In the last post I mentioned in passing the shows from early 1976, and presumably some must be wondering why the repeat run began in April. Actually it's not too illogical, or at least not as illogical as the archival procedure - of the first 13 shows of the year seven are missing, three more only exist because of offline recordings David Hamilton found in his archive and had restored very recently, and reputedly one was rescued by a member of one of the bands, and in those four cases it's not generally known whether the full thing is in broadcast quality.
However episode guides survive, and so to take this opportunity to square the year's circle here's a rundown of what went on earlier than BBC4 have been able to let on in that year...
Actually we can prove this is one of those that survived all along because most of it is on YouTube - part one, part two and part, um, four. The missing element is Abba, oddly, given TOTP recordings of plenty of their other appearances survive and this was just the video. As Jim says several hundred times throughout the nature of the date allows them to give three new bands their TV debuts, Slik being the one that we'd hear more of (and by the way, pop onto Spotify if you can and check out the Best Of Slik that's recently appeared, in particular The Kid's A Punk B-side Slik Shuffle, Midge's own Van McCoy rewrite) Difficult even now to find out more about boogie merchants Bo Flyers apart from the way they made the set worryingly wobble, while Glyder (which, having fallen victim to the Abba censor, can be seen on its own here) surely had too many members for comfortable touring. Two acoustic guitars, bass, electric guitar and mandolin, plus inaudible sax? Come on. If only Billy Howard's King Of The Cops had appeared a bit later in the year, we'd talk about nothing else for weeks. Am I supposed to know who the woman in the elaborate shades is?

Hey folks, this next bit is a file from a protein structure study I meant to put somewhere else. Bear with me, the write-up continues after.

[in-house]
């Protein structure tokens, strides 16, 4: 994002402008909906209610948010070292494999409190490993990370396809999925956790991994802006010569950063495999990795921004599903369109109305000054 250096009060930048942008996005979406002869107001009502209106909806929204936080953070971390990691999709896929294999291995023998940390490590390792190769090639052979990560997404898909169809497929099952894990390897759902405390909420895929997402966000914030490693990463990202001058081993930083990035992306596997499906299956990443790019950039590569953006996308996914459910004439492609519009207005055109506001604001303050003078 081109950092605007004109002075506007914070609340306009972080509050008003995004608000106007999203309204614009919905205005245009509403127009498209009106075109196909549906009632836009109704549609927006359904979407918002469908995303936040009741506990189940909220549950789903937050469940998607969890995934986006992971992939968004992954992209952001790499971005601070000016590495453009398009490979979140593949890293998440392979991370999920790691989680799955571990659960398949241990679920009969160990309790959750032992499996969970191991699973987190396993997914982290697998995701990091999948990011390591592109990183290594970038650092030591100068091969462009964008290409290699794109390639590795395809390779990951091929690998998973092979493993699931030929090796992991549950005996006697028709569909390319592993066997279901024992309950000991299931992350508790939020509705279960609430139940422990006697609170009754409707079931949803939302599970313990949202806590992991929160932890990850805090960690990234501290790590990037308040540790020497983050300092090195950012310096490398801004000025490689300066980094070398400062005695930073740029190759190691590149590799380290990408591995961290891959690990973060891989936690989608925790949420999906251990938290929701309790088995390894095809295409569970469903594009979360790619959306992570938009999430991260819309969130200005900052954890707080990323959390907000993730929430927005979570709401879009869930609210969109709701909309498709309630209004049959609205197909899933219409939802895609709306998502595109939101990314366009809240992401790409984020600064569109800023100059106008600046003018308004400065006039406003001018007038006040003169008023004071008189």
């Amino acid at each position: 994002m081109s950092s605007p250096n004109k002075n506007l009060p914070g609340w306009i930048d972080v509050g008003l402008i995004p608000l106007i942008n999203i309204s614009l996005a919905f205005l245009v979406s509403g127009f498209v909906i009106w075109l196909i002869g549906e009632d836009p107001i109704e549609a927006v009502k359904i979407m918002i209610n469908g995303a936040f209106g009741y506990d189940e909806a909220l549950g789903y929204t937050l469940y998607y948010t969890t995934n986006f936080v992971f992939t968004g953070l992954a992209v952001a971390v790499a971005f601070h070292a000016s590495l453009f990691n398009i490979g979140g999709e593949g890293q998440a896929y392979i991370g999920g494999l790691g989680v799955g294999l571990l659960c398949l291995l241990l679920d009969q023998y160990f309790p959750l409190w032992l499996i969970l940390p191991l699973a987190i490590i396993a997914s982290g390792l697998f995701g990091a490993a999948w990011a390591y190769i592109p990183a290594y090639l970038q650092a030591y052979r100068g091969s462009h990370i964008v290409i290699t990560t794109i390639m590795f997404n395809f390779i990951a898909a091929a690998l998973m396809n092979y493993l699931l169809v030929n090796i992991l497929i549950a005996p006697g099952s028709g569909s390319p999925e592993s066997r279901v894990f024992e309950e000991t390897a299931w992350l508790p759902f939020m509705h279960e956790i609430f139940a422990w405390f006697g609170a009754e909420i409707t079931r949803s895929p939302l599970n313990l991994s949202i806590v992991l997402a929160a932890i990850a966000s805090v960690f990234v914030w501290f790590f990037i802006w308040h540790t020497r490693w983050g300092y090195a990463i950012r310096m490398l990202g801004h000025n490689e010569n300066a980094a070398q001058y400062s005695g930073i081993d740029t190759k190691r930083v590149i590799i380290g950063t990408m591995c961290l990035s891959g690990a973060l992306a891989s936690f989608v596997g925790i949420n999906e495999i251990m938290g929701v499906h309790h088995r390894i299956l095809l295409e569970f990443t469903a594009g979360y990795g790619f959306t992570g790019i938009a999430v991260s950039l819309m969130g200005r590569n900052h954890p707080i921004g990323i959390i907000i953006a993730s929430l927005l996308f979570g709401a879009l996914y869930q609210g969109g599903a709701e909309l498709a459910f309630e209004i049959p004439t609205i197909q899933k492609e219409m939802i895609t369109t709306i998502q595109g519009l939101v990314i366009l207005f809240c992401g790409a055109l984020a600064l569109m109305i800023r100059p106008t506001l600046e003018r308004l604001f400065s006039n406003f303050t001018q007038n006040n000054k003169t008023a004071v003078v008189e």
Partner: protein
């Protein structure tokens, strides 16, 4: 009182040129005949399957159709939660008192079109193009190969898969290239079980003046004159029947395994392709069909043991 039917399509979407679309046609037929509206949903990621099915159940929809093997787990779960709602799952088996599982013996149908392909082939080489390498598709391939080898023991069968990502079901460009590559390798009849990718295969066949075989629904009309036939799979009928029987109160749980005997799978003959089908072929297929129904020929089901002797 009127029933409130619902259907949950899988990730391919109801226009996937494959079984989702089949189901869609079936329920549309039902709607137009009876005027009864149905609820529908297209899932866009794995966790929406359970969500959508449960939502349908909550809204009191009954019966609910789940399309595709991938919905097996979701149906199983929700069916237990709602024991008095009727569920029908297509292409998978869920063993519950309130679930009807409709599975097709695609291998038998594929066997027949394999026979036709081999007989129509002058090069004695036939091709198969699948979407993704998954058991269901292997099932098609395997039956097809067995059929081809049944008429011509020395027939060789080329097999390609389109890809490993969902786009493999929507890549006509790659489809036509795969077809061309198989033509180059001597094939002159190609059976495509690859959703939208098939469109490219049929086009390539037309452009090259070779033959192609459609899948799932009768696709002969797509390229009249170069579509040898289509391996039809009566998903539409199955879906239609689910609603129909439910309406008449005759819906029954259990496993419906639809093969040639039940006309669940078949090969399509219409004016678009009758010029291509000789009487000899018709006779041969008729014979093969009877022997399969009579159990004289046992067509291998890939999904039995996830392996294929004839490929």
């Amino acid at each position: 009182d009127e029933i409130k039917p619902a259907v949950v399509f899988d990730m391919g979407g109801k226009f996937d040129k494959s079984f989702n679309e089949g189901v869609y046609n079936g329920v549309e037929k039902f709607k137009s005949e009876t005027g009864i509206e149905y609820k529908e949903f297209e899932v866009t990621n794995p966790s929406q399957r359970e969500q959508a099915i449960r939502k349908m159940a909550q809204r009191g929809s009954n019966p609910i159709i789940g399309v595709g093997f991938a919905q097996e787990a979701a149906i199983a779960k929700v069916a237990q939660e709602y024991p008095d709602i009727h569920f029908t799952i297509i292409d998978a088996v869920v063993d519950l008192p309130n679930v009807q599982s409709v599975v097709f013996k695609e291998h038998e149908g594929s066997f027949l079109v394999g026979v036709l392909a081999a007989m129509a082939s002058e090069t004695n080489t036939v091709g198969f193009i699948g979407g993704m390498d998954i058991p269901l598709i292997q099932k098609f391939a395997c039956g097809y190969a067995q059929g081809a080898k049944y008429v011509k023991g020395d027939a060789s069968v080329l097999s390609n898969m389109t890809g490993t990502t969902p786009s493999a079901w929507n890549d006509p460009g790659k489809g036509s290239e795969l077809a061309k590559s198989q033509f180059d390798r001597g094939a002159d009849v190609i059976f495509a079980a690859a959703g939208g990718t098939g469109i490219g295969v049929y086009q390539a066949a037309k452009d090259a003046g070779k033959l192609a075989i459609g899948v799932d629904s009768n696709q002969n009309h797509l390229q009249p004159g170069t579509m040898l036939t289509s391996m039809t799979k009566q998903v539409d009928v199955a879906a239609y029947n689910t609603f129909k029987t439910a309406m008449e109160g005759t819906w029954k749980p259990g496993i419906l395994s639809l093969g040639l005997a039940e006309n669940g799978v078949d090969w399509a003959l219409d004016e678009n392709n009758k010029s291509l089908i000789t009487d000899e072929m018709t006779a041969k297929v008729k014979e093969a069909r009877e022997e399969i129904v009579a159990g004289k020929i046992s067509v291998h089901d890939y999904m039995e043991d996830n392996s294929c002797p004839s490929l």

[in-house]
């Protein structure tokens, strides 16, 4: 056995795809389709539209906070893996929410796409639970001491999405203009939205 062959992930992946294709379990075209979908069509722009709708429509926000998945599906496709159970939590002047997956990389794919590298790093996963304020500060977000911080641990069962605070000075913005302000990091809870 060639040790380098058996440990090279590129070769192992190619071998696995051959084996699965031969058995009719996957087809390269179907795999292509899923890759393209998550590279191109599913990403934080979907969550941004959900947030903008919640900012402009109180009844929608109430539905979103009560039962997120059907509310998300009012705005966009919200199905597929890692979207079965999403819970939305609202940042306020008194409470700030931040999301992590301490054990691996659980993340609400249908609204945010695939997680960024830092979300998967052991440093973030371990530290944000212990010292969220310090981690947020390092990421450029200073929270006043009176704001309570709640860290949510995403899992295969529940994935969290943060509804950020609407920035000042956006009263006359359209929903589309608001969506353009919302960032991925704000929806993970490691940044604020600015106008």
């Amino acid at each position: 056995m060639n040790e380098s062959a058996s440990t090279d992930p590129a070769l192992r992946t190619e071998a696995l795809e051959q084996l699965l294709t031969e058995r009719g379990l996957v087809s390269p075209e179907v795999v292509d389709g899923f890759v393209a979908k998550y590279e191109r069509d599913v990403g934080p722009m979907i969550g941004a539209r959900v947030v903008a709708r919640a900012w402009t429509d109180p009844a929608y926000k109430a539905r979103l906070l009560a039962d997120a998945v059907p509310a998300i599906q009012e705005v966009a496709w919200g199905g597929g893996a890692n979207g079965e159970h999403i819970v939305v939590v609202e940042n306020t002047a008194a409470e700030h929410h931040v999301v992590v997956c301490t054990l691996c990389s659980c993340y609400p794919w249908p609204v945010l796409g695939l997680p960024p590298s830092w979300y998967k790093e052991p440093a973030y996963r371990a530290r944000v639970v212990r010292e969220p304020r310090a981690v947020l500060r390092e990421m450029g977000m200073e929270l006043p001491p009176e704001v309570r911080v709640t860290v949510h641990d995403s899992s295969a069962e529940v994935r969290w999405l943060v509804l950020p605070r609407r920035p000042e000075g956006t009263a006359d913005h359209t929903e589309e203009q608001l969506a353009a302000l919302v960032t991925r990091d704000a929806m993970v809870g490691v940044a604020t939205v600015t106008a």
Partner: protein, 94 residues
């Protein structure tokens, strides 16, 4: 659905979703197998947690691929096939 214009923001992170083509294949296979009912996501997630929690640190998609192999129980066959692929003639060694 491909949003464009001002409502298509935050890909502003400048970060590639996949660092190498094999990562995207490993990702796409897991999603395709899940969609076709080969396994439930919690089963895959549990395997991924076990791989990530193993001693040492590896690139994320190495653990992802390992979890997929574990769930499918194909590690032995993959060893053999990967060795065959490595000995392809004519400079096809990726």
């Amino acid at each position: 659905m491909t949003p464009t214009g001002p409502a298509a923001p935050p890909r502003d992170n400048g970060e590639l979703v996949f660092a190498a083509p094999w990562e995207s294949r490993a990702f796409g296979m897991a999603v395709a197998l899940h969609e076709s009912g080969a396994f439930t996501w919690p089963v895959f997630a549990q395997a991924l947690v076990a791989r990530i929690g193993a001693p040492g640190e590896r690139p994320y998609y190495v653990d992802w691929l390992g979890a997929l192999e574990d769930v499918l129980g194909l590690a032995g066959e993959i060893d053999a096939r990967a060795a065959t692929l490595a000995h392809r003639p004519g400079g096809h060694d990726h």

This one exists too and is on YouTube in bitty pieces - this is where that Itchycoo Park comes from, while also around are Tony Christie, R&J Stone (We Do It, from the advert - and to think people who worked on that TOTP2 got paid) and ELO. Also featuring Sailor on their way to number two with Glass Of Champagne, a debut by our old badly dressed friends Sheer Elegance, Barbara Dickson, a bit more of the Bohemian Rhapsody video and Osibisa's Sunshine Day, which we can only hope looked like their Supersonic performance.
Abba are in the studio, it says here. Apparently it isn't the same as the studio recording for the Christmas show, so that's one short cut ruled out. Also popping by were Mike Oldfield, 10cc (Art For Art's Sake) and the Walker Brothers (No Regrets), while Pan's People did their thing to Barry White's Let The Music Play and the Fatback Band's Do The Bus Stop. What, just stand there?
David Hamilton's debut, and of course that means this show exists. Somewhere. He gets a lot of repeats and repeat visits, Slik now at number 12, plus Smokie and Pan's People doing Paul Davidson's Midnight Rider. Bohemian Rhapsody still number one...
...but not any more! Mamma Mia takes over in a show in which Pan's gets not only December '63 (Oh What A Night) but also, erm, Baby Face by Wing And A Prayer Fife And Drum Corps, which sounds like some sort of marching band equivalent of the Portsmouth Sinfonia but was in fact a studio disco outfit put together by the current musical director on Dancing With The Stars covering a 1926 standard. Kiki Dee pops in to rest her legs too, Cliff Richard and The Sweet debut new songs (Cliff's is Miss You Nights, Sweet's was the last we'd hear of them for two years) and the TOTP Orchestra themselves get an increasingly rare appearance on camera to rework Glenn Miller's Moonlight Serenade, which for some reason was at 26 and would peak at 13.